The Chinese Mid-Autumn Festival, also known as the Moon Festival or Mooncake Festival, is a traditional festival celebrated in Chinese culture. Similar holidays take place in Japan, Korea, Vietnam, and other countries in East and Southeast Asia.
FDM offices in Singapore, Hong Kong, Sydney and London also celebrated the occasion, learning the history of the festival and its significance, lantern making and, of course, eating mooncakes!
The Origin of the Mid-Autumn Festival
It is called the Mid-Autumn Festival because it is held on the 15th of the 8th lunar month in the Chinese calendar around the autumn equinox.
Enjoying a popularity similar to that of the Chinese New Year, the festival is one of the most important holidays in Chinese culture with a history that dates back over 3,000 years.
As long ago as the Shang Dynasty (c. 1600–1046 BC) Chinese emperors worshiped the moon in autumn to thank it for the harvest.
The festival’s origin is also associated with the popular legend of Chang’e, the goddess of the moon.
Chang’e’s husband, Hou Yi, was an accomplished archer who shot down nine of the ten suns and saved people from their fierce heat. He was rewarded with an elixir of immortality which he did not drink because he could not face immortality without his wife. So, he asked Chang'e to keep it safe for him.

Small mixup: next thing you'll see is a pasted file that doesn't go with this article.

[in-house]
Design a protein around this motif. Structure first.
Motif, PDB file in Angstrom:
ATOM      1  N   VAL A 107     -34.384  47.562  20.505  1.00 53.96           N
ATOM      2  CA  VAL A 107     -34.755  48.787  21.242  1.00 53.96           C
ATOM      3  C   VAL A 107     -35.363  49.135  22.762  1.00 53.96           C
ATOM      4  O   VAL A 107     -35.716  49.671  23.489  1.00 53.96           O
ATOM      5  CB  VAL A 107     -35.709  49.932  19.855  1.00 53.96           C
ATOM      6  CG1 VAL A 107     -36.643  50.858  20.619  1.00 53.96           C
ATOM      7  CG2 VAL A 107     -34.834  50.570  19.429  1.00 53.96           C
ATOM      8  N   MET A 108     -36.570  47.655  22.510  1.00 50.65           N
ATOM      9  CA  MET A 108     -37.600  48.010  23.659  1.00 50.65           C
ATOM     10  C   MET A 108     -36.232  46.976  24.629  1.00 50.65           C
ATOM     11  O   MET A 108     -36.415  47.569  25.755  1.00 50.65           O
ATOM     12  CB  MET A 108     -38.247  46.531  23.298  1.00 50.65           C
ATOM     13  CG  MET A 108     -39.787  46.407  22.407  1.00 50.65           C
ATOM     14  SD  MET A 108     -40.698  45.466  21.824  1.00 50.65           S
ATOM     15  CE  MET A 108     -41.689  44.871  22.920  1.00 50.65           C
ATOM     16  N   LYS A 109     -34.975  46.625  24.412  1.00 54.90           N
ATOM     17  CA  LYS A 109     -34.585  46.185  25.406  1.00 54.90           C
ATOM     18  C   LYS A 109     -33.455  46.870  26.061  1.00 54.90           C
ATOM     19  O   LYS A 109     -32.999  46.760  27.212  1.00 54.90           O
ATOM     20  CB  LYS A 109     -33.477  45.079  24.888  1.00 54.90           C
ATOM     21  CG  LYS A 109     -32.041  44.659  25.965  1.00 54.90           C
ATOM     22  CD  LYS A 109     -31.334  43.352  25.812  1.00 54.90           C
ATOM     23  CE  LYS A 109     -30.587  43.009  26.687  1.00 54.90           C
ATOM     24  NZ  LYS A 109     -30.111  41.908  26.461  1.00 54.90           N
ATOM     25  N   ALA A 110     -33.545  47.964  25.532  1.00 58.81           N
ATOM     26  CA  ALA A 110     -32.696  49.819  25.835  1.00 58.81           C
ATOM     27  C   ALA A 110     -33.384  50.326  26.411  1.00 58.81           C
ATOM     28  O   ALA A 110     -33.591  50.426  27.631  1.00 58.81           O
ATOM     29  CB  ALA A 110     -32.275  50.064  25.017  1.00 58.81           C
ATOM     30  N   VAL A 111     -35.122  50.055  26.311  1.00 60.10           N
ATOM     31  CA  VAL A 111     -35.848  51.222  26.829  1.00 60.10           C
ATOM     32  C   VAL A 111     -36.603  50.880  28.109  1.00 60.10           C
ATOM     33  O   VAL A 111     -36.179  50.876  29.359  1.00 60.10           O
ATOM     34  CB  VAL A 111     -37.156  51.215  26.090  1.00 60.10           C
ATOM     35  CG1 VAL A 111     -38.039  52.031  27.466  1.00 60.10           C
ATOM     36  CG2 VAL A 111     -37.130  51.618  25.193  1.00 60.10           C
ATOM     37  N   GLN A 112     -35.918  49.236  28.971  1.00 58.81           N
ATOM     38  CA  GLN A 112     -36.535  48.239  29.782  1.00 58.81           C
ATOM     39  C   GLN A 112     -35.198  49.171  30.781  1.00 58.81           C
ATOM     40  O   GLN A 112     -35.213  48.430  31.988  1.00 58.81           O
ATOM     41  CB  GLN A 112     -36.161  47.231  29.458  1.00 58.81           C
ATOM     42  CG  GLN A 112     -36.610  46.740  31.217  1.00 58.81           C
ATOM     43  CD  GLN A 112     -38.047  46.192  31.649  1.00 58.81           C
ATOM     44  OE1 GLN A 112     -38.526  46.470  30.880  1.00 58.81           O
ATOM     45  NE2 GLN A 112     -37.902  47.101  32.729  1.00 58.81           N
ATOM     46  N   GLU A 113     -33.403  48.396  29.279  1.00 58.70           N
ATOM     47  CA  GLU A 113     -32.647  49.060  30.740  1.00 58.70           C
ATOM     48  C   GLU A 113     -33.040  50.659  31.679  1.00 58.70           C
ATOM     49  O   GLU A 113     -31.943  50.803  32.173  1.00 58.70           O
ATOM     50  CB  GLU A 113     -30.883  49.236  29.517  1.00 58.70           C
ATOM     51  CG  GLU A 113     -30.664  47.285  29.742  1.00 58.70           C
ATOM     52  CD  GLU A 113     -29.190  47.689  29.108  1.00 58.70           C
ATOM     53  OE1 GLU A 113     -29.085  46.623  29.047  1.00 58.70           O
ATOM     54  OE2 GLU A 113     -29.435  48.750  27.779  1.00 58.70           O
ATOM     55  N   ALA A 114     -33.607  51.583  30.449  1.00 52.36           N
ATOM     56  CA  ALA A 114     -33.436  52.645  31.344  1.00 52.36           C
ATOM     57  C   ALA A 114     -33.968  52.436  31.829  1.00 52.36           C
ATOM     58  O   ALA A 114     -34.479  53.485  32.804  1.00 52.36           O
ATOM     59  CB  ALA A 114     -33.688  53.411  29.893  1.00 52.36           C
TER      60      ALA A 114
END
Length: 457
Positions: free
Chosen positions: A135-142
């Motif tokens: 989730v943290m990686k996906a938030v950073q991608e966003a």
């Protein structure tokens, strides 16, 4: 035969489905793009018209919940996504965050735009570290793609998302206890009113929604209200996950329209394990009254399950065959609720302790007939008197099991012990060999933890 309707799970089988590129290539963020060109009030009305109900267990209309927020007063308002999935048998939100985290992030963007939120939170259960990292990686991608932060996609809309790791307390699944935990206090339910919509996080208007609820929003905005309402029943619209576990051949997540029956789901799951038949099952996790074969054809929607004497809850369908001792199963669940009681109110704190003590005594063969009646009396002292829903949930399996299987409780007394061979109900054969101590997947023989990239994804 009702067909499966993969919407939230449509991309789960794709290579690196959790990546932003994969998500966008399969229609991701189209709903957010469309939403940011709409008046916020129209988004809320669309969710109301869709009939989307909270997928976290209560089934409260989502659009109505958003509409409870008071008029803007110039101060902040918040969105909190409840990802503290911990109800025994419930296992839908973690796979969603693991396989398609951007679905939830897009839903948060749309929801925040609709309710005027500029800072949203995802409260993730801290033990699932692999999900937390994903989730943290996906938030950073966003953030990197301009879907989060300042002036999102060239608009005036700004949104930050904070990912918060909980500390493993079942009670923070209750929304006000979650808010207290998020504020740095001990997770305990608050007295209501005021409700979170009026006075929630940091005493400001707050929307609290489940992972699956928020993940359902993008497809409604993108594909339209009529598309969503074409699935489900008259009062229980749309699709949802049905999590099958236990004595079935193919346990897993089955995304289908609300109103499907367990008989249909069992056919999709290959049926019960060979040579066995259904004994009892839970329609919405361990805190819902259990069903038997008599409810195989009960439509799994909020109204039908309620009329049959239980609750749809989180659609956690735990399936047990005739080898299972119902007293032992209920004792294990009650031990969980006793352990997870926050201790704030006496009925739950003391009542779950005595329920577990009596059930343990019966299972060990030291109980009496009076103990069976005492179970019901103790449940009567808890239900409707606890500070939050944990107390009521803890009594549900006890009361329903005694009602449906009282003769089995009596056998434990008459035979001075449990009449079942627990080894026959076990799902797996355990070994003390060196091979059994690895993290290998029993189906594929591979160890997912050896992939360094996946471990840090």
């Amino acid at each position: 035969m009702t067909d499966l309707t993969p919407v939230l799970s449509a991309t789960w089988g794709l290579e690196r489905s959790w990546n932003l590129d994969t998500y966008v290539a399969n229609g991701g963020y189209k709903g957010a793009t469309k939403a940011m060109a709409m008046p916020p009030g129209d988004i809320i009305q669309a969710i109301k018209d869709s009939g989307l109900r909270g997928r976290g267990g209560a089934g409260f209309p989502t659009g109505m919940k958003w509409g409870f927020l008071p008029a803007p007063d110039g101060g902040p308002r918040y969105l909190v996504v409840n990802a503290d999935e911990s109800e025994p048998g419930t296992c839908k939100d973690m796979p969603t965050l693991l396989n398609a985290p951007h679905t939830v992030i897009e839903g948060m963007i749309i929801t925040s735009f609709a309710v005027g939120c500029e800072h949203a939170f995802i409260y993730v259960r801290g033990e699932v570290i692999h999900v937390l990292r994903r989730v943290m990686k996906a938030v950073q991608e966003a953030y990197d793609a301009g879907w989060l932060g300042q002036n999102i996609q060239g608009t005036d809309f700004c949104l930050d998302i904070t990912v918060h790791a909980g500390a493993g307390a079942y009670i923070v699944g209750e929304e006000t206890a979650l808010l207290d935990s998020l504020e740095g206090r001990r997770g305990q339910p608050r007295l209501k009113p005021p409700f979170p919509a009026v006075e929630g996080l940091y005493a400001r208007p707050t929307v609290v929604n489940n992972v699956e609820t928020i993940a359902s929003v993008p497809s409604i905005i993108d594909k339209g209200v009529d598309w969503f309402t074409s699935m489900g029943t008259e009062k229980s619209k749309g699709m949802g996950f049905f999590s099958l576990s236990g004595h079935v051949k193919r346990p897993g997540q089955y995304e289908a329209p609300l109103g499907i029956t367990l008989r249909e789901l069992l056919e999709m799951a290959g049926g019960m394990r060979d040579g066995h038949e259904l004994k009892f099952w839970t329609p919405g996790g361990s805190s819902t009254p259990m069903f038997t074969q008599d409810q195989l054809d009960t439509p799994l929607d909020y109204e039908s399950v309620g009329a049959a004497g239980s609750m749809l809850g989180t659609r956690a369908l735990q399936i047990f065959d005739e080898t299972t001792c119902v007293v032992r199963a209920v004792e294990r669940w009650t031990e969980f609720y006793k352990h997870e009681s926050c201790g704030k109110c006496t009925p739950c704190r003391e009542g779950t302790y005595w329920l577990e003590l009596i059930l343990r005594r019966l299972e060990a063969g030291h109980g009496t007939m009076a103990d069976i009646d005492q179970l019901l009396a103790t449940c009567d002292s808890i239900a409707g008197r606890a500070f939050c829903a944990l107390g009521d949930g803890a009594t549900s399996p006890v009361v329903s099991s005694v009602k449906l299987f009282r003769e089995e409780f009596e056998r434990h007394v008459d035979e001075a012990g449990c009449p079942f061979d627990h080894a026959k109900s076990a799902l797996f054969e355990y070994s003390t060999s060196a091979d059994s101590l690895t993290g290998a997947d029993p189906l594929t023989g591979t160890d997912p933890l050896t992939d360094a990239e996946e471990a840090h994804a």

One mid-autumn day, while Hou Yi was out hunting, an evil person tried to steal the elixir. To prevent losing it, Chang’e swallowed it herself and flew up to the moon as her immortal home from where she could look down on her beloved husband.
Along with this legend, the custom of worshipping the moon on Mid-Autumn day has been passed down from generation to generation.
How People Celebrate Mid-Autumn Festival
As the second most important festival in China, Mid-Autumn Festival is celebrated in many traditional ways.
Enjoying Family Reunions
The festival has long been a time to mark the successful reaping of rice and wheat with food offerings made in honour of the moon. Today, it is still an occasion for outdoor reunions among friends and relatives to have dinner together on the evening of the Mid-Autumn Festival and observe the Moon, a symbol of harmony and unity.
Making and sharing mooncakes is one of the most recognisable traditions of this festival. Usually round to resemble the moon, these rich pastries are typically filled with sweet-bean, egg yolk, meat or lotus-seed paste. Sharing and eating mooncakes among family members during the week of the festival signifies the completeness and unity of families. At FDM’s Sydney office, staff enjoyed sampling mooncakes with lotus, red bean and taro fillings – yum!
It’s hard to say how and when lanterns became associated with mid-autumn though it seems they have traditionally been used to symbolise fertility. Today the lantern is seen as one of the essential elements of the festival. Lanterns of all shapes and sizes are carried and displayed as symbolic beacons that light people's path to prosperity and good fortune. Some Chinese people, in countryside areas, light lanterns that fly up into the sky, releasing them like prayers of dreams coming true.
FDMers got crafty together, making adorable lanterns featuring Jade, the rabbit that joined goddess Chang’e on the moon.
Celebrating cultural diversity
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